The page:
Reference : Mixture model in high-order statistics for peak factor estimation on low-rise building
Scientific congresses and symposiums : Paper published in a journal
Engineering, computing & technology : Civil engineering
http://hdl.handle.net/2268/220645
Mixture model in high-order statistics for peak factor estimation on low-rise building
English
Rigo, François mailto [Université de Liège - ULiège > Département d'aérospatiale et mécanique > Interactions Fluide-Structure - Aérodynamique expérimentale >]
Andrianne, Thomas mailto [Université de Liège - ULiège > Département d'aérospatiale et mécanique > Interactions Fluide-Structure - Aérodynamique expérimentale >]
Denoël, Vincent mailto [Université de Liège - ULiège > Département ArGEnCo > Analyse sous actions aléatoires en génie civil >]
10-Dec-2018
Proceedings of the XV Conference of the Italian Association for Wind Engineering
Springer
Yes
International
Berlin
In Vento, ANIV - XV Conference of the Italian Association for Wind Engineering
from 09-09-2018 to 12-09-2018
Italian Association for Wind Engineering
Naples
Italy
[en] Unsteady ; Pressure ; Peak factor ; Wind Engineering ; Statistics ; Gaussian ; Non-Gaussian ; Correlation ; Probability ; Decomposition
[en] To design reliable structures, extreme pressures and peak factors are required. In many applications of Wind Engineering, their statistical analysis has to be performed taking into account the non-Gaussianity of the wind pressures. With the increasing precision and sampling frequency of pressure sensors, large short and local peak events are more usually captured. Their relevance is naturally questioned in the context of a structural design.
Furthermore, the increasing computational power allows for accumulation and analysis of larger data sets revealing the detailed nature of wind flows around bluff bodies. In particular, in the shear layers and where local vortices form, it is commonly admitted that the Probability Density Function (PDF) of measured pressures might exhibit two or more significant components. These mixed flows can be modelled with mixture models [Cook (2016)]. Whenever several processes coexist, and when one of them is leading in the tail of the statistical distribution, as will be seen next in the context of corner vortices over a flat roof, it is natural to construct the extreme value model with this leading process and not with the mixed observed pressures. It is therefore important to separate the different processes that can be observed in the pressure histories. Once this is done, specific analytical formulations of non-Gaussian peak factors can be used to evaluate the statistics of extreme values [Kareem and Zhao (1994), Chen (2009)].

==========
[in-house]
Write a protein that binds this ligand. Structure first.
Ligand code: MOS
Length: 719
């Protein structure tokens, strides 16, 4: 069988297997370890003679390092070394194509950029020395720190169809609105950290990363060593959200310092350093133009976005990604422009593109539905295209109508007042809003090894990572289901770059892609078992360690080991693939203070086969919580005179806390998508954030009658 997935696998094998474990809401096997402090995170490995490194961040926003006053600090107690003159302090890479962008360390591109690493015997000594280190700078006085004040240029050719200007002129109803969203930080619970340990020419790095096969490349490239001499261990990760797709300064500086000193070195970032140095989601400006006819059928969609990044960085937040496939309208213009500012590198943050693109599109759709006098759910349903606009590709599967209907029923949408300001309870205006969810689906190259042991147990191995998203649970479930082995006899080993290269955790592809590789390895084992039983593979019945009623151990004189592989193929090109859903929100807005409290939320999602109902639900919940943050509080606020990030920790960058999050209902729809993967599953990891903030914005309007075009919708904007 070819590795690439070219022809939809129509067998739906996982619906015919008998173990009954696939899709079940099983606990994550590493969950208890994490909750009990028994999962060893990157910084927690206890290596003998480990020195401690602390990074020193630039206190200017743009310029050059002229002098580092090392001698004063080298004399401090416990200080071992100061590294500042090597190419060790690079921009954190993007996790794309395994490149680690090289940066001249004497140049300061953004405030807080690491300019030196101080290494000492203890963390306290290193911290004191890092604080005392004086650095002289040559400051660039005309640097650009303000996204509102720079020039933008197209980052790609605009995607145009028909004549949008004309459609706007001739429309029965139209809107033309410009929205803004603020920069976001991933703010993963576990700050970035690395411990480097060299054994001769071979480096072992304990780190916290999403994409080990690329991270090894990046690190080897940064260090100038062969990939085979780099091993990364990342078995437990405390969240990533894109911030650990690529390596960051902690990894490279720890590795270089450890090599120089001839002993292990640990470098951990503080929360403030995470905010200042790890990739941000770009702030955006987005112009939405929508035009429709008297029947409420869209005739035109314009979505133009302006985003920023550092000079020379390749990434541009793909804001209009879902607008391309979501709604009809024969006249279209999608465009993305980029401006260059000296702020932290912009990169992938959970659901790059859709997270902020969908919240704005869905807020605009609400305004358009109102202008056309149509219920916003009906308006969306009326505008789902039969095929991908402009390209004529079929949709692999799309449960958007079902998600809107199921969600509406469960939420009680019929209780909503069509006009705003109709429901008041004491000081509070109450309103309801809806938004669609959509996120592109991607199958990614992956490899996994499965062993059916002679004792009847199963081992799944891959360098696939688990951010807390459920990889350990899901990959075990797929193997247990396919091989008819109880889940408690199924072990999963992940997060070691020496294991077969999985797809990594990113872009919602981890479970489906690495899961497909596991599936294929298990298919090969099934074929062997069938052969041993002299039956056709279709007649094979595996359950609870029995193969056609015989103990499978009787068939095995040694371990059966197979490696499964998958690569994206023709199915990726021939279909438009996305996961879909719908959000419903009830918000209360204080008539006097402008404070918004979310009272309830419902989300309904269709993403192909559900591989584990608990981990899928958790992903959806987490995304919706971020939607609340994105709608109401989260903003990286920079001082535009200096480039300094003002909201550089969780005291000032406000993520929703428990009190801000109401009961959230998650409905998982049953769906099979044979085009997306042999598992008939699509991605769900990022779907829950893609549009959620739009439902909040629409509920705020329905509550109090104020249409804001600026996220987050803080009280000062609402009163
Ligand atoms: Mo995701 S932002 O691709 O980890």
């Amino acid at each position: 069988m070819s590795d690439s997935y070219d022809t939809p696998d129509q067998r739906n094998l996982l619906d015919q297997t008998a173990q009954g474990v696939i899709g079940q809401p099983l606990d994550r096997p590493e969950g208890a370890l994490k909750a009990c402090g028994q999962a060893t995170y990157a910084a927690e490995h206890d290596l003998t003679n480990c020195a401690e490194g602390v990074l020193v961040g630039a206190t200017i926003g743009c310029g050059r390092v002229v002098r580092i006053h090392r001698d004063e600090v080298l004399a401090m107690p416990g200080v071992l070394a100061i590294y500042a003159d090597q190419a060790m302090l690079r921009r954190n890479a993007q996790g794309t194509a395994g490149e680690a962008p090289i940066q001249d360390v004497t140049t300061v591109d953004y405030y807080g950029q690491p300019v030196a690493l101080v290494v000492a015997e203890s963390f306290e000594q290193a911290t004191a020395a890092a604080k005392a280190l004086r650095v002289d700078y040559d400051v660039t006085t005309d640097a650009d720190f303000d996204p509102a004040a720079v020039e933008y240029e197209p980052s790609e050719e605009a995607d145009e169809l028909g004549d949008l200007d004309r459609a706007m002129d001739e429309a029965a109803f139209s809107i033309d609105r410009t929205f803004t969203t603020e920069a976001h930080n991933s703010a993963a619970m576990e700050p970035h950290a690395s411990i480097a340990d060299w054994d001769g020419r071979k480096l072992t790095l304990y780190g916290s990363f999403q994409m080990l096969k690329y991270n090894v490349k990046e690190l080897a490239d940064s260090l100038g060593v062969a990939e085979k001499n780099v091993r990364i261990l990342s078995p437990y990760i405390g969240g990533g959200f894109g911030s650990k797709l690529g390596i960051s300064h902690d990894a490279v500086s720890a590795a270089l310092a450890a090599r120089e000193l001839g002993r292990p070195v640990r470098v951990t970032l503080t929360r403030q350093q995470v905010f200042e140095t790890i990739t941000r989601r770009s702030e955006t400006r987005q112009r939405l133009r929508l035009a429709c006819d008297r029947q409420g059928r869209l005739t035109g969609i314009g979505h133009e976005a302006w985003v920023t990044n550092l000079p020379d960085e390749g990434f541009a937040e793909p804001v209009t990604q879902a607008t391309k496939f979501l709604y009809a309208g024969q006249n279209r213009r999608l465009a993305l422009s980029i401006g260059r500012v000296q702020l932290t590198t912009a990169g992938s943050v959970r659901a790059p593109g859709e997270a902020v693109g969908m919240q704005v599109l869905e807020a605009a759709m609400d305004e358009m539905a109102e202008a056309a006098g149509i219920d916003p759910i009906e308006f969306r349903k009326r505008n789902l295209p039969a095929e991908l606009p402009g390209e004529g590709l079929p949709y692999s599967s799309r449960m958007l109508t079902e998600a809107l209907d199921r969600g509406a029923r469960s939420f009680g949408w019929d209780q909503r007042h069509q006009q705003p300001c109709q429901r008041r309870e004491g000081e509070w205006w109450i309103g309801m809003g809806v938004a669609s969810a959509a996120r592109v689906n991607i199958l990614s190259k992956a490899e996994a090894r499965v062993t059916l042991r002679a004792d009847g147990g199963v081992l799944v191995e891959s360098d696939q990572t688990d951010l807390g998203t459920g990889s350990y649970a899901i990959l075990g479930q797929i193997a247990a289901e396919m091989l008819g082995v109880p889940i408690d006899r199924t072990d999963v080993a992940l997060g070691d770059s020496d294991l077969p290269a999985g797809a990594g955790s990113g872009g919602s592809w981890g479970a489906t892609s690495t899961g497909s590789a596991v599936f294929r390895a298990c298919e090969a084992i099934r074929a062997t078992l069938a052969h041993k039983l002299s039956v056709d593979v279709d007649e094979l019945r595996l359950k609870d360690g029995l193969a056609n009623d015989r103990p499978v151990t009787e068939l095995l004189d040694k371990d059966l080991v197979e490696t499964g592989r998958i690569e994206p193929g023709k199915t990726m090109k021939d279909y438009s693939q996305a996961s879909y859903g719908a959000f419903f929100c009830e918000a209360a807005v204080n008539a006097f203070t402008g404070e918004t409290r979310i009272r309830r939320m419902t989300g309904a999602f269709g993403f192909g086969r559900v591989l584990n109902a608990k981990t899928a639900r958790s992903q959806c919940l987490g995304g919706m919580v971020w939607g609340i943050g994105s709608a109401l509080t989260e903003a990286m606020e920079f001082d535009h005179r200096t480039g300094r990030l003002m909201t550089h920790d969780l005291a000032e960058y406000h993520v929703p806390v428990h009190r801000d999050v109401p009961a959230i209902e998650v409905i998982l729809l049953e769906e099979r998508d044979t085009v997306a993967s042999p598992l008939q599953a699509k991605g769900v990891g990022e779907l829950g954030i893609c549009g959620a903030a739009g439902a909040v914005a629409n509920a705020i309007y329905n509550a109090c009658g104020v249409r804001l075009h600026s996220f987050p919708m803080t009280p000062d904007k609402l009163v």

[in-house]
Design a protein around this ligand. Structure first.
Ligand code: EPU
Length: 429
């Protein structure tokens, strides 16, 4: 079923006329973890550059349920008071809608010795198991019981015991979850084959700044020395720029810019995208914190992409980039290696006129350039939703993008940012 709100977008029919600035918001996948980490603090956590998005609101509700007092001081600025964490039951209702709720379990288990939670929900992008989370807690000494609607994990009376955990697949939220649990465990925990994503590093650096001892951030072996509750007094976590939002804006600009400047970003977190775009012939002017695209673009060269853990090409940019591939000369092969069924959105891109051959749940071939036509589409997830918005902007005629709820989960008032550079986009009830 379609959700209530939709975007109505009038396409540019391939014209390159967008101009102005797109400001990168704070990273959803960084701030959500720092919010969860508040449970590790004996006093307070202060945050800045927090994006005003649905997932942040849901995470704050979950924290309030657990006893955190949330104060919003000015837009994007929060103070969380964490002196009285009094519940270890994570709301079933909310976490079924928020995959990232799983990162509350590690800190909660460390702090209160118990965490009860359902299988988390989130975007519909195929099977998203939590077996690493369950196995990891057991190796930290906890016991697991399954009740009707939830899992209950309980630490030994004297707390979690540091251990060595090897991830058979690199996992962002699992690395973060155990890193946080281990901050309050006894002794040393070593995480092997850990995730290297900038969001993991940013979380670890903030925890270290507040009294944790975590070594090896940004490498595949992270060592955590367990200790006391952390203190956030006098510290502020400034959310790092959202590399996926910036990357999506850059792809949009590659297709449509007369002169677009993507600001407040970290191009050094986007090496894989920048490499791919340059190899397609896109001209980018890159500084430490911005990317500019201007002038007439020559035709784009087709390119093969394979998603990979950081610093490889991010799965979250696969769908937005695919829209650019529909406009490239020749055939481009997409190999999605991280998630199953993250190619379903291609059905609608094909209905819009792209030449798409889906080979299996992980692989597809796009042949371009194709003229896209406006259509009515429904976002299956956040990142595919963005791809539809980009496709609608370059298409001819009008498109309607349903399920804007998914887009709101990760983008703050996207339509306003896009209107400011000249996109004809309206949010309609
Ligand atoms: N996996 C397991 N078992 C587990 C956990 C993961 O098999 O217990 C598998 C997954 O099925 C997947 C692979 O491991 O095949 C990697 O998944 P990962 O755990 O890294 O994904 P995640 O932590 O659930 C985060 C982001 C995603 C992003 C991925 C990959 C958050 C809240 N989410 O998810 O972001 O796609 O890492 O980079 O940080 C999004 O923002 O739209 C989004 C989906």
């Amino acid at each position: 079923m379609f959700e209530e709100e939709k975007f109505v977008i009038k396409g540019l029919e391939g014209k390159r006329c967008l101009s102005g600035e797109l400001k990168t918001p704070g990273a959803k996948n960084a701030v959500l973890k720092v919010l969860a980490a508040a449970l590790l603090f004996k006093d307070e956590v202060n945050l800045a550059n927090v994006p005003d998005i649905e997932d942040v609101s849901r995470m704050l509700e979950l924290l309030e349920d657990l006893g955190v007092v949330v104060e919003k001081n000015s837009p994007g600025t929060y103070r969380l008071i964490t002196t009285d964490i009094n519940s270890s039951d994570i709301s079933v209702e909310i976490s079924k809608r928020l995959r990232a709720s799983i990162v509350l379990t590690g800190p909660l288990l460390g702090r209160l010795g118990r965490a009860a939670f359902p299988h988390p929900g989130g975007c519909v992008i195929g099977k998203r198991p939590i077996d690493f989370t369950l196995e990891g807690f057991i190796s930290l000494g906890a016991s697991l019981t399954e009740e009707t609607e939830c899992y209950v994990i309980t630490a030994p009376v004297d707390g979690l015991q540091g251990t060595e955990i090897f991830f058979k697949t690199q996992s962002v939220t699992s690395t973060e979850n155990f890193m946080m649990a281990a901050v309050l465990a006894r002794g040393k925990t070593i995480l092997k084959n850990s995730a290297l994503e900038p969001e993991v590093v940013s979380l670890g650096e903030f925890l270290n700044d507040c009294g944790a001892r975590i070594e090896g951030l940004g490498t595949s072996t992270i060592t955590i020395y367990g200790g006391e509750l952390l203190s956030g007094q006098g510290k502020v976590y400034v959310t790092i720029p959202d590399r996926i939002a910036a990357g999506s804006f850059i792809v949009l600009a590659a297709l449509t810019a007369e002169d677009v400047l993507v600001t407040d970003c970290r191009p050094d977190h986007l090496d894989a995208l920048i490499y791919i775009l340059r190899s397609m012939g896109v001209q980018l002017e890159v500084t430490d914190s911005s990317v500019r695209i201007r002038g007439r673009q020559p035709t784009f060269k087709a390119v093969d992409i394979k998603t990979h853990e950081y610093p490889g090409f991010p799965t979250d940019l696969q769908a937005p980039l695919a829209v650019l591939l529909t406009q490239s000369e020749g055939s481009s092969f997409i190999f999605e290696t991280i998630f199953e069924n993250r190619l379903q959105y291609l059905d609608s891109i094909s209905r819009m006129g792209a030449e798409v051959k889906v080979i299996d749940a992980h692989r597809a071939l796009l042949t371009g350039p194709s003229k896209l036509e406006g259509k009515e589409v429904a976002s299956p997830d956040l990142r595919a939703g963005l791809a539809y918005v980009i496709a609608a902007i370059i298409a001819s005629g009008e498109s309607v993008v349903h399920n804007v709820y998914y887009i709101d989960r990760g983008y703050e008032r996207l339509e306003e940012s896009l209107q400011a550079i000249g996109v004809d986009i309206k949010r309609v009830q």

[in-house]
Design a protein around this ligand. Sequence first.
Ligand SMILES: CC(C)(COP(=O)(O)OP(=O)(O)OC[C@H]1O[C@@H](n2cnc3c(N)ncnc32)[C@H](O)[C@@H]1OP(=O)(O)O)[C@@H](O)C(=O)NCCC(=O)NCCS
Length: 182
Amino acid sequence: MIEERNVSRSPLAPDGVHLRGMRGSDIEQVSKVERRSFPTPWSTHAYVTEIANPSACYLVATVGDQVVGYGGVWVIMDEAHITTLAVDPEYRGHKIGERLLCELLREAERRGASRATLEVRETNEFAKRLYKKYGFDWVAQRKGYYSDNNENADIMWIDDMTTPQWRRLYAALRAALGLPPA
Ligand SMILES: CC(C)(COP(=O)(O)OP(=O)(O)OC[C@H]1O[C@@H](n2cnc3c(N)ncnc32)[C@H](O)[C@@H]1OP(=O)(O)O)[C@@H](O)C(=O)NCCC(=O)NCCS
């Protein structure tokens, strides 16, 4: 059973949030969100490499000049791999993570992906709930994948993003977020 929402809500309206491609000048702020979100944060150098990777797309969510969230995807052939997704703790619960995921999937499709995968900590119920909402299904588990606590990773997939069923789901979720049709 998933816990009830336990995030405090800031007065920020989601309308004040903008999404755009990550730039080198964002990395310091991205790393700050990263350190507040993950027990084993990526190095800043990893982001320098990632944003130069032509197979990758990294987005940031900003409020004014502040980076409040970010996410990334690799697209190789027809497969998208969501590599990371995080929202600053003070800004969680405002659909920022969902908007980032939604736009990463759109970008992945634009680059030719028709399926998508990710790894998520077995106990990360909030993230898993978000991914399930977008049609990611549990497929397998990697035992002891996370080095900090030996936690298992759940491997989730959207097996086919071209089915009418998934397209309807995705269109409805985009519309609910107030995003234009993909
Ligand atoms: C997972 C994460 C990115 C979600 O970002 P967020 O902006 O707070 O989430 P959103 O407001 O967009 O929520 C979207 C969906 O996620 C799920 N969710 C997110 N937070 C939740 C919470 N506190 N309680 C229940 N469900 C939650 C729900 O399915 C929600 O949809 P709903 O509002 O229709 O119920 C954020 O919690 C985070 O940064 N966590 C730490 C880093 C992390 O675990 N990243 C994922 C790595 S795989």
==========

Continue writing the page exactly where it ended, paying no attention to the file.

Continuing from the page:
The separation of mixed processes is usually done by means of the PDF of the signals [Cook (2016)]. This information is of course essential to perform an accurate decomposition but it might be facilitated by considering higher rank information like auto-correlations and higher correlations like the triple or quadruple correlation. Indeed, the two phenomena that need to be separated and identified might be characterized by significantly different timescales, which are not reflected in the PDF. In this paper, the large negative pressures measured on a flat roof are analyzed and decomposed into two elementary processes, namely, the flapping corner vortex and the turbulent flow detaching from the sharp upstream edge.
The full paper will finally show that an accurate decomposition of the recorded pressures into their underlying modes provides a more meaningful evaluation of the extreme pressures.
Wind Tunnel Laboratory - Structural & Stochastic Dynamics Lab (Faculty of Applied Sciences, University of Liege)
Researchers ; Professionals
http://hdl.handle.net/2268/220645

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